Time off for Trade Unions is crucial for partnership working
The Social Partnership Forum understands and values the positive contribution that partnership working makes to the delivery of quality health and social care. There is a growing body of evidence to show that partnership working between employers and trade unions is an effective way to support the workforce, to ensure that staff feel valued, and are involved and consulted on the decisions that affect them in the workplace.
Trade union representatives undertake a variety of roles within an organisation – working with managers, communicating and consulting with staff, resolving problems and conflicts at work, jointly developing workplace policies, promoting workplace learning, resolving health and safety issues, handling disciplinary and grievance matters, and much more. To be effective, union representatives need to have reasonable paid time off from their normal job to enable them to undertake the role.
The SPF urges all organisations to agree appropriate time-off and facilities arrangements so that the trade union representatives are able to participate in local partnership activities.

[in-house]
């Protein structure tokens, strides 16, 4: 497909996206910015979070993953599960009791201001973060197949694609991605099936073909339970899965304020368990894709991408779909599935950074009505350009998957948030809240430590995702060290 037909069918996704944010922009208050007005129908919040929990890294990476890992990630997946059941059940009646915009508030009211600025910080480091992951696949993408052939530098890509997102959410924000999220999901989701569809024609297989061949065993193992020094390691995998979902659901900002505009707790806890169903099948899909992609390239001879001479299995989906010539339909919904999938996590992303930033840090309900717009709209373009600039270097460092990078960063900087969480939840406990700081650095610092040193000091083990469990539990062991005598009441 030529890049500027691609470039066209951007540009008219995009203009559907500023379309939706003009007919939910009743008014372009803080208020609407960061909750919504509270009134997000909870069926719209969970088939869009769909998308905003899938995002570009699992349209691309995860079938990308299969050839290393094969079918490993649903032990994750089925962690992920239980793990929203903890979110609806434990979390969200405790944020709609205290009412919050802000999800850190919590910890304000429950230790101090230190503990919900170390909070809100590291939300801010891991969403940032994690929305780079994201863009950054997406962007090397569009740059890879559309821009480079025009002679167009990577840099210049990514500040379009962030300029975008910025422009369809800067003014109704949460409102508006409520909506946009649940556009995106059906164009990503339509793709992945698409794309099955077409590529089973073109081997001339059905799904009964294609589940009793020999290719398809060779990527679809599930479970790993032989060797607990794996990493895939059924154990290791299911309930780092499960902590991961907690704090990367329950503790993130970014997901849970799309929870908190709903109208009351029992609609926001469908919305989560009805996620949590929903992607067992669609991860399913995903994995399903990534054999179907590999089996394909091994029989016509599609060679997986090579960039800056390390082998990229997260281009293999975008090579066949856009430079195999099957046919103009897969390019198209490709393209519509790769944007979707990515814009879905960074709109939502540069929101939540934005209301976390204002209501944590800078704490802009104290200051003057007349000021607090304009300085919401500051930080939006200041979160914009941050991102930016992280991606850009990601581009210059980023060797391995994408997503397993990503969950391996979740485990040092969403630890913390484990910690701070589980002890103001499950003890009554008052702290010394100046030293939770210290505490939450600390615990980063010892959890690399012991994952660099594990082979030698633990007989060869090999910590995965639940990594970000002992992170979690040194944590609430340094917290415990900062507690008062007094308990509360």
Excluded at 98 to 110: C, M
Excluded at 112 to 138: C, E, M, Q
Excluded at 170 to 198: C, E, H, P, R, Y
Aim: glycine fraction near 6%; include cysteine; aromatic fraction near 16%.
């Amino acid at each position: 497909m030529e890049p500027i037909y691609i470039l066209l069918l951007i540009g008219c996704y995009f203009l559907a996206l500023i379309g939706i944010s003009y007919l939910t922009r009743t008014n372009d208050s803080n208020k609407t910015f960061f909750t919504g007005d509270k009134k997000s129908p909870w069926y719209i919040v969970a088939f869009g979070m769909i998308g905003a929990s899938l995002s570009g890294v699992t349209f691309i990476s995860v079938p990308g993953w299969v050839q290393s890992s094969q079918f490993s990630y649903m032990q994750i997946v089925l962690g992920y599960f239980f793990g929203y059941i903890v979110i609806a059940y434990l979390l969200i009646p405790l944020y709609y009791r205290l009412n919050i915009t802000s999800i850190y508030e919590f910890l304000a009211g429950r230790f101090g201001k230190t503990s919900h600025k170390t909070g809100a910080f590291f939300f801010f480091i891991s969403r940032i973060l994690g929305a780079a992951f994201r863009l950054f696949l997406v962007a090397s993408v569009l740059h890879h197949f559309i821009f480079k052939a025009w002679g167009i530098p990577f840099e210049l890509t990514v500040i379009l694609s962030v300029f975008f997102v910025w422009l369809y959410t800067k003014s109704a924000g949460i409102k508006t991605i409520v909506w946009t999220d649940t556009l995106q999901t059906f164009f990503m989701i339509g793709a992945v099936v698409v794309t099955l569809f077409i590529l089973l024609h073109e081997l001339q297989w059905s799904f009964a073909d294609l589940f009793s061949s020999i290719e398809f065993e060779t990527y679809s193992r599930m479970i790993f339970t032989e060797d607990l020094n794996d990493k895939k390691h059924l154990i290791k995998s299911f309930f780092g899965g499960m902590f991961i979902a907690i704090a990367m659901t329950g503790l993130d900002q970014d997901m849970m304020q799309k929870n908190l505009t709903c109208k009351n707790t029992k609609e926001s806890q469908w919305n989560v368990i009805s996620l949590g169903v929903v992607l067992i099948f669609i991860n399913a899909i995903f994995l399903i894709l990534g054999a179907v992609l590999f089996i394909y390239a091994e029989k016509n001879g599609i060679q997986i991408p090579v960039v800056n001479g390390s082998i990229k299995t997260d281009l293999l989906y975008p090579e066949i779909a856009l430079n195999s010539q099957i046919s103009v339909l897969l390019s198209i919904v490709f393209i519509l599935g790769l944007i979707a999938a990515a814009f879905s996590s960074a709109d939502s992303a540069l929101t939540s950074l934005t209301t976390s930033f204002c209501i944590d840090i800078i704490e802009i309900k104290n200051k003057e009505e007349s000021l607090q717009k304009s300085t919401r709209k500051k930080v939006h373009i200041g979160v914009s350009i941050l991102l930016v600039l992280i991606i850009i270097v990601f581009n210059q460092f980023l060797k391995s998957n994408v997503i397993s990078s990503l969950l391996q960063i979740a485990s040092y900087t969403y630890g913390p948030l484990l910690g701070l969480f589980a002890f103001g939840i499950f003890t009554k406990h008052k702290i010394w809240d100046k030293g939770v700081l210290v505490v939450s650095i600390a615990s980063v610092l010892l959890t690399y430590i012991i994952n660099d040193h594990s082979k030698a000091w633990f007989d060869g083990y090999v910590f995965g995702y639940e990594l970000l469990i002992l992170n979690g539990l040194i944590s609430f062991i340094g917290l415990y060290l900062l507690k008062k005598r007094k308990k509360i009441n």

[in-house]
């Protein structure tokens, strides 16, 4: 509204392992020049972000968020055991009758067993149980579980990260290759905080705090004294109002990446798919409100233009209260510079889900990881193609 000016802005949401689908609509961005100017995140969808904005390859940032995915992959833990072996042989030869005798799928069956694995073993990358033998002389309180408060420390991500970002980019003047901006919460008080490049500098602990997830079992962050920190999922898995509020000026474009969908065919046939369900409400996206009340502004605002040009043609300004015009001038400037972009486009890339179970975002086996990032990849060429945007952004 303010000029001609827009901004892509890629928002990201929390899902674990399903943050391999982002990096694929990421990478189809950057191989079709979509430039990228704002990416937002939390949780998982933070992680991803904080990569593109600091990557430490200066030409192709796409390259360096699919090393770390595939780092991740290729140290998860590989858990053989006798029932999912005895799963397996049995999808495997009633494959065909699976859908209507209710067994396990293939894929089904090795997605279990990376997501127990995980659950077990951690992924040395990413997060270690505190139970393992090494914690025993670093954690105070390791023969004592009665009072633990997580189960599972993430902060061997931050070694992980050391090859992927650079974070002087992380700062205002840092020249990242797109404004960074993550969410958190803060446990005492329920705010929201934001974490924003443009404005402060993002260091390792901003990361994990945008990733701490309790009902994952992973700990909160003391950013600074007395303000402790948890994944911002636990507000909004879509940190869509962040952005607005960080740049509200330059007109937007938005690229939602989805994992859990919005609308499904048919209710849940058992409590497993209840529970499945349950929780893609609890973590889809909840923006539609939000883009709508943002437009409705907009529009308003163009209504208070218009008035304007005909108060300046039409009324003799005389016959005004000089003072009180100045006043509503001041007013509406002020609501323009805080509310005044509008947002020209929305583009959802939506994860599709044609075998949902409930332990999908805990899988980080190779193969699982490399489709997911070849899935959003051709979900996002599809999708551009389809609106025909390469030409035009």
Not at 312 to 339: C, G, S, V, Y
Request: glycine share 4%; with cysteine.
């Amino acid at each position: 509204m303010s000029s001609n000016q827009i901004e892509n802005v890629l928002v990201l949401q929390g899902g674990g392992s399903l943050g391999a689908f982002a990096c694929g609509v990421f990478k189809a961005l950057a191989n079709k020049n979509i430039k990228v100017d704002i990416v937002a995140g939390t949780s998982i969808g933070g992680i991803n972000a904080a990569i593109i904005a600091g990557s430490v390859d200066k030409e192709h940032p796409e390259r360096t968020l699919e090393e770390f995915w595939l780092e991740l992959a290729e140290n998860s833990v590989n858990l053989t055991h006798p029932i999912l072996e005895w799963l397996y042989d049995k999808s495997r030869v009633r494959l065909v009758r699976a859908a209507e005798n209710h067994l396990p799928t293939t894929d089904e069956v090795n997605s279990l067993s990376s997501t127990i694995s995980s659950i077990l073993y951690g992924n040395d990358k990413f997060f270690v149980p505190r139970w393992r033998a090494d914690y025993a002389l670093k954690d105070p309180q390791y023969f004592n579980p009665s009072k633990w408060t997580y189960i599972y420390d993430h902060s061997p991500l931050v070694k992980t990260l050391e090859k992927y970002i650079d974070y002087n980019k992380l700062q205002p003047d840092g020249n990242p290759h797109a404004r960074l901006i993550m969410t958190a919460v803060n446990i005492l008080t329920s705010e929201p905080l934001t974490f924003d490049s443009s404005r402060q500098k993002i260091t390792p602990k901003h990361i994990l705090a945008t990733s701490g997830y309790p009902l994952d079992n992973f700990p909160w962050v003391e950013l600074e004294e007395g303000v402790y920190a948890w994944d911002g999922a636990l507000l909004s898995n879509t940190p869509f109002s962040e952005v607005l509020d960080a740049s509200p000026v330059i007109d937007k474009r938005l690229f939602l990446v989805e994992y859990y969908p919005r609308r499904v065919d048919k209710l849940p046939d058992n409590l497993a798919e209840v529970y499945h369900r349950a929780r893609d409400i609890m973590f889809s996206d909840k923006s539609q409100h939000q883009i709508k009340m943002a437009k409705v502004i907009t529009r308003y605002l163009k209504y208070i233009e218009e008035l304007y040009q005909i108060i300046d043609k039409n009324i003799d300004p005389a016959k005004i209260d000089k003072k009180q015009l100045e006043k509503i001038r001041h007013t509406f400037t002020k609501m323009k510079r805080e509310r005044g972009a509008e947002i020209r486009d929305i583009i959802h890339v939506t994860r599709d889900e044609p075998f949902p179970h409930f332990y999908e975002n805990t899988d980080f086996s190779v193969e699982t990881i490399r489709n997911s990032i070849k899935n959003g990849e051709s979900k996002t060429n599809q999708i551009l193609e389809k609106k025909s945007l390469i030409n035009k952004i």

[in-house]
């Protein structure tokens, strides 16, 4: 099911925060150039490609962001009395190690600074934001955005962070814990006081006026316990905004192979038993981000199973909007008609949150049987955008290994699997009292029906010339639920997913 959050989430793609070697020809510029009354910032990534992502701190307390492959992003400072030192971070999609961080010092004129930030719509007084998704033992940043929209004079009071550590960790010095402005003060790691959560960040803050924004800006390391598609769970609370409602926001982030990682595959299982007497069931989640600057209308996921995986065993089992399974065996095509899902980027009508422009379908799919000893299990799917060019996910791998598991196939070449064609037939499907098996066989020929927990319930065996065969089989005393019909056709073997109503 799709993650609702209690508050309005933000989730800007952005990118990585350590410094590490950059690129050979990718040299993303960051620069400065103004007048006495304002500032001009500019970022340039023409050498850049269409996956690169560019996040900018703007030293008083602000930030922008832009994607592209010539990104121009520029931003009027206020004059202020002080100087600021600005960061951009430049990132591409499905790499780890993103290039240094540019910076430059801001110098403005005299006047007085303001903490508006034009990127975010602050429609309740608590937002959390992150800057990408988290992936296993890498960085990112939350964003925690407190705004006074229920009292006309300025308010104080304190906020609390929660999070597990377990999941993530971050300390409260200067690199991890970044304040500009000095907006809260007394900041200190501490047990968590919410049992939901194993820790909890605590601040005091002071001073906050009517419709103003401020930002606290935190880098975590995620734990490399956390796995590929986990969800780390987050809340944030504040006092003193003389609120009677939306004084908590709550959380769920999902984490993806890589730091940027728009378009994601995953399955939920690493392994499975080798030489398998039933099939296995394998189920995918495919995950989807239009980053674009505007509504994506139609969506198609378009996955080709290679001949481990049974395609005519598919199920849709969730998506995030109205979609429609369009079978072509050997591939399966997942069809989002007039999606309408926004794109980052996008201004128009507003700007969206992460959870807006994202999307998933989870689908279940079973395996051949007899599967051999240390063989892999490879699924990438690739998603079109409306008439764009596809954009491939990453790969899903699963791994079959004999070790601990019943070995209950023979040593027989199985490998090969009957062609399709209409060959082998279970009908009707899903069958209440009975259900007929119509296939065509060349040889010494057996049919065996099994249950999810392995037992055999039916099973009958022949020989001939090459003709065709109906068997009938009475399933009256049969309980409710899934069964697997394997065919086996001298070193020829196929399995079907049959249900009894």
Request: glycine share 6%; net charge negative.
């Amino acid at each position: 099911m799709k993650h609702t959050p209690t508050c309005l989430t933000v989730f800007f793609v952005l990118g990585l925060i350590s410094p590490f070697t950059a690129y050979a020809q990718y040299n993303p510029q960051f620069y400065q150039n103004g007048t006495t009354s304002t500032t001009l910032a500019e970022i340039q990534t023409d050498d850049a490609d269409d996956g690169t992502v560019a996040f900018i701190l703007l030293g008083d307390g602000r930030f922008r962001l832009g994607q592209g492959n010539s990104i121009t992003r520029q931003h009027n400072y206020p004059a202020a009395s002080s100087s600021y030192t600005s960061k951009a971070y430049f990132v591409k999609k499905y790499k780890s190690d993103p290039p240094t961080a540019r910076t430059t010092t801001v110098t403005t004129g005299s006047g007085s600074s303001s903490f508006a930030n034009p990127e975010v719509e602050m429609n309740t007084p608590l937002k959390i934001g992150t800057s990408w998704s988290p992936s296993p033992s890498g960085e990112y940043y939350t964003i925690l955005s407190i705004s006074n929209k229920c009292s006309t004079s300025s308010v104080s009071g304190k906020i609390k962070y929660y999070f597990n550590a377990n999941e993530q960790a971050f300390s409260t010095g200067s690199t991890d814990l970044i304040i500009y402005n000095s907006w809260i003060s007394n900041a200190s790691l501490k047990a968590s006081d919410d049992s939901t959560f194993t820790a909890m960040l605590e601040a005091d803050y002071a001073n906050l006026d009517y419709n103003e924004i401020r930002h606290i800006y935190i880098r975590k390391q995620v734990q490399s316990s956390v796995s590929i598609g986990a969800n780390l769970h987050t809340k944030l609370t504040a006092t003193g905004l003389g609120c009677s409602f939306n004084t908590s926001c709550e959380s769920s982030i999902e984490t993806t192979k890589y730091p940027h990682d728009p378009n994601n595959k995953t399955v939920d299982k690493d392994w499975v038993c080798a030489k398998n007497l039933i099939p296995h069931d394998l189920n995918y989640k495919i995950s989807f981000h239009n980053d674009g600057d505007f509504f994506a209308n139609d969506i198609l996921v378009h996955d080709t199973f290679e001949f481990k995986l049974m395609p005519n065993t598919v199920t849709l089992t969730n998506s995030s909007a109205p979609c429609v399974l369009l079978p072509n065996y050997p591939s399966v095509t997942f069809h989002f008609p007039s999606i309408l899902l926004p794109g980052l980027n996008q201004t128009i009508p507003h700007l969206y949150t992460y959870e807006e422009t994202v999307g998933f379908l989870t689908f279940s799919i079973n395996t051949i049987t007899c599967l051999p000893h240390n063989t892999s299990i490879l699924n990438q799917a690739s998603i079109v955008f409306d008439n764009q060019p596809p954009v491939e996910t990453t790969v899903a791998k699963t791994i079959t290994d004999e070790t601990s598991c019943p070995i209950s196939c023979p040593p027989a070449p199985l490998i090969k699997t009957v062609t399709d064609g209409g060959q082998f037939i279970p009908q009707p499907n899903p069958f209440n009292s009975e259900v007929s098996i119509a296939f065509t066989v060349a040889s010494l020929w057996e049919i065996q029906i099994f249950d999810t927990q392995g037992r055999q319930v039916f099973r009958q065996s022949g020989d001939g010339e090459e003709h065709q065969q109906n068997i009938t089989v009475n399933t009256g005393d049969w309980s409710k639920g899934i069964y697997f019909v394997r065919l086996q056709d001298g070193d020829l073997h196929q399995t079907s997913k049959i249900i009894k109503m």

Sara Gorton, SPF Trade Union Side Chair says:
"Appropriately agreed, protected time-off and facilities for trade union representatives to undertake their role, is absolutely fundamental to delivering effective partnership working. It is not a luxury, but a necessity, and needs to be recognised as such."
Daniel Mortimer, NHS Employers says:
"Trade union colleagues play a vital role in supporting their members and in engaging with their employer, and most do this alongside their day job in our services. Proper, clear and fair facilities time agreements are therefore hugely important in making partnership working a day to day reality."
The example time off and facilities agreement from UNISON provides a framework for drafting a comprehensive agreement on time off for trade union duties and activities. It can be adapted to reflect the size and nature of the organisation.
Agreements on time off and facilities vary widely. Some are no more than general statements of principle outlining flexible time off arrangements. Others are highly detailed, laying out exact amounts of time off for named union officers. The example agreement charts a middle course and covers all of the areas which should be included in a time off agreement and suggests contract language based on ‘best practice’.